Overall, about 100,000 jobs will be lost this year in the euro zone, with unemployment jumping to 8.8 per cent from 8.3 per cent, not a great backdrop for selling new cars.

There is some good news from Germany
Germany, Europe's biggest market for cars, is tottering, economically. The German economy is expected to grow only 0.4 per cent this year, down from last autumn's forecast of 1.4 per cent. There has been some good news though from Germany. The Schroeder government's Red-Green coalition plan to increase company car taxes fell into the cracks in the negotiating process between the upper and lower houses of Germany's Parliament.

According to Deutsche Bank, this is unlikely to have much of an impact on the number of cars sold in Germany, but removes an obstacle to buyers of more expensive, better-equipped vehicles. "Bottom line, it is positive news, but will not reverse the weakness of the German car market," Deutsche Bank said.

Germany's Commerzbank Securities is typical of investment banks views of the prospects for Europe's car sales and carmakers. "Previously, we had assumed that (European) sales fell 3 per cent in 2003 to 13.95 million units before rebounding 3 per cent in 2004 to 14.4 million units. We now expect the contraction to be around 5 per cent in 2003 and a more muted rebound in 2004 of 1.6 per cent," Commerzbank Securities said in a report.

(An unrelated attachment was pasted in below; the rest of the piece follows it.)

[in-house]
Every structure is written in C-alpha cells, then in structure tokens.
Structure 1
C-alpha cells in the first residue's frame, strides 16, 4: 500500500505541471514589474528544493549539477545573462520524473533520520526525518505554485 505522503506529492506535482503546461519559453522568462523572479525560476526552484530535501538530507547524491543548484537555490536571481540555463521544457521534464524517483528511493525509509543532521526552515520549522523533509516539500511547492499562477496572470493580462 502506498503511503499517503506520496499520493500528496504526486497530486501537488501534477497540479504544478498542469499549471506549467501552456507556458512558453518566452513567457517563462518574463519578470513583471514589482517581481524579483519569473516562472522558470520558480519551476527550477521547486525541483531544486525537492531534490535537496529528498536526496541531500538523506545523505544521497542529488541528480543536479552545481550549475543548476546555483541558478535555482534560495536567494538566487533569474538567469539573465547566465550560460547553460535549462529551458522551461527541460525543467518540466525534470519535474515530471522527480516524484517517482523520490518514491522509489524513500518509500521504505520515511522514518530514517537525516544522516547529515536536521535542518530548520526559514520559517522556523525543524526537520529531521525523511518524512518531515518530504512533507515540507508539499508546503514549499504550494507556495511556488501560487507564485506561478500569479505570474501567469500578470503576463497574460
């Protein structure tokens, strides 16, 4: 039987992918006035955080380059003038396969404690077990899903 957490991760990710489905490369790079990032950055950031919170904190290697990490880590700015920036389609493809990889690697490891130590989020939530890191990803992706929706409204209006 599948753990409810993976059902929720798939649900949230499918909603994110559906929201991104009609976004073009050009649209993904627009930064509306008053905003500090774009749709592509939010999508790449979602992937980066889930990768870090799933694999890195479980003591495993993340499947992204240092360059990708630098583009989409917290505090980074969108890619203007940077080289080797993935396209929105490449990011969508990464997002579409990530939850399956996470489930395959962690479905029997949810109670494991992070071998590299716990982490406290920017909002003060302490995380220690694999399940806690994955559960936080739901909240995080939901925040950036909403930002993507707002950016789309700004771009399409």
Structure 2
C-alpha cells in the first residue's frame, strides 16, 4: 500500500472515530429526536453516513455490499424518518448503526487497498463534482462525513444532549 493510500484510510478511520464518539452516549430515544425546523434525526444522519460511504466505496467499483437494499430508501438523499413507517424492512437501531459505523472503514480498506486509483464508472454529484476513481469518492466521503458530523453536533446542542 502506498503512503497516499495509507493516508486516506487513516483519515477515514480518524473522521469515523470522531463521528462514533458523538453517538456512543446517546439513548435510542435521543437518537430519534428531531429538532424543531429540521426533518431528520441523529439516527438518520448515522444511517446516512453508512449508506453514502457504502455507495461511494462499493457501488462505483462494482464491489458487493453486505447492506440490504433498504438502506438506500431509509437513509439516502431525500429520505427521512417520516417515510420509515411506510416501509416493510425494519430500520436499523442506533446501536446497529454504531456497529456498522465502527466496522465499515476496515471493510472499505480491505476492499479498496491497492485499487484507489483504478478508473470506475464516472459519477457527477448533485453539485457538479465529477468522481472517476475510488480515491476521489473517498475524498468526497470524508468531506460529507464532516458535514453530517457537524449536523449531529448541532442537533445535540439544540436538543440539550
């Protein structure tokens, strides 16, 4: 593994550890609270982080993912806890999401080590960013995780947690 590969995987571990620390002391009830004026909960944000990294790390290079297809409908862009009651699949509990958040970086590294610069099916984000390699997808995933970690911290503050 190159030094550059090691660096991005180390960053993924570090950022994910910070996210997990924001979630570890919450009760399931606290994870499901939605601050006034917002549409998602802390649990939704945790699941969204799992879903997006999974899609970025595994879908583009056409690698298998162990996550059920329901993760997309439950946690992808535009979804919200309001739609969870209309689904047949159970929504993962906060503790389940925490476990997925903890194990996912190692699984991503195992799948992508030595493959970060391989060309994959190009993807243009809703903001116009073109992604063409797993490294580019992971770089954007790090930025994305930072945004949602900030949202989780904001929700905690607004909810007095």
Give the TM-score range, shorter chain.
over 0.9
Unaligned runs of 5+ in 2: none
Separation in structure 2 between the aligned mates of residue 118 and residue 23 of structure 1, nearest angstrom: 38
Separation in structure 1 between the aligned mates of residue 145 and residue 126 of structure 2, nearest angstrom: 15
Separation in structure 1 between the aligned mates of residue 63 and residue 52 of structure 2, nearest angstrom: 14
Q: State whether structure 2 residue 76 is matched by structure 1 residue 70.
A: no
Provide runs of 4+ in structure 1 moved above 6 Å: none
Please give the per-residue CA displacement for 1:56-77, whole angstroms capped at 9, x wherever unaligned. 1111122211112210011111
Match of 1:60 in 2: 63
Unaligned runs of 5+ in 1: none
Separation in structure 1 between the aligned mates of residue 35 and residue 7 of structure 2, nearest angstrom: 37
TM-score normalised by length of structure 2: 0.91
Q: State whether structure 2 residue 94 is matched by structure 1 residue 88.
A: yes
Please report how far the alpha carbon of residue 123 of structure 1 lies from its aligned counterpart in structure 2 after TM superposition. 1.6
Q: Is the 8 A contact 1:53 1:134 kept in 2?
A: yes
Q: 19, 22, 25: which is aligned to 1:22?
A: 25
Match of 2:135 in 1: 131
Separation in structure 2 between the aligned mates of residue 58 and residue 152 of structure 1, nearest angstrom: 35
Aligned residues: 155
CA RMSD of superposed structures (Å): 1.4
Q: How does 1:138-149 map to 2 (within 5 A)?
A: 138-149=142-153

How far will Europe's car market fall?
European car sales totalled 14.39 million in 2002. Deutsche Bank now expects sales to fall 4.1 per cent in 2003. Berenberg Bank sees a 4 per cent decline. Industry researcher J.D.Power is at the higher end, expecting a 5.3 per cent fall. A couple of months ago most estimates for 2003 sales were less pessimistic, ranging from falls of between 1.8 and 3.4 per cent.

Euro currency strength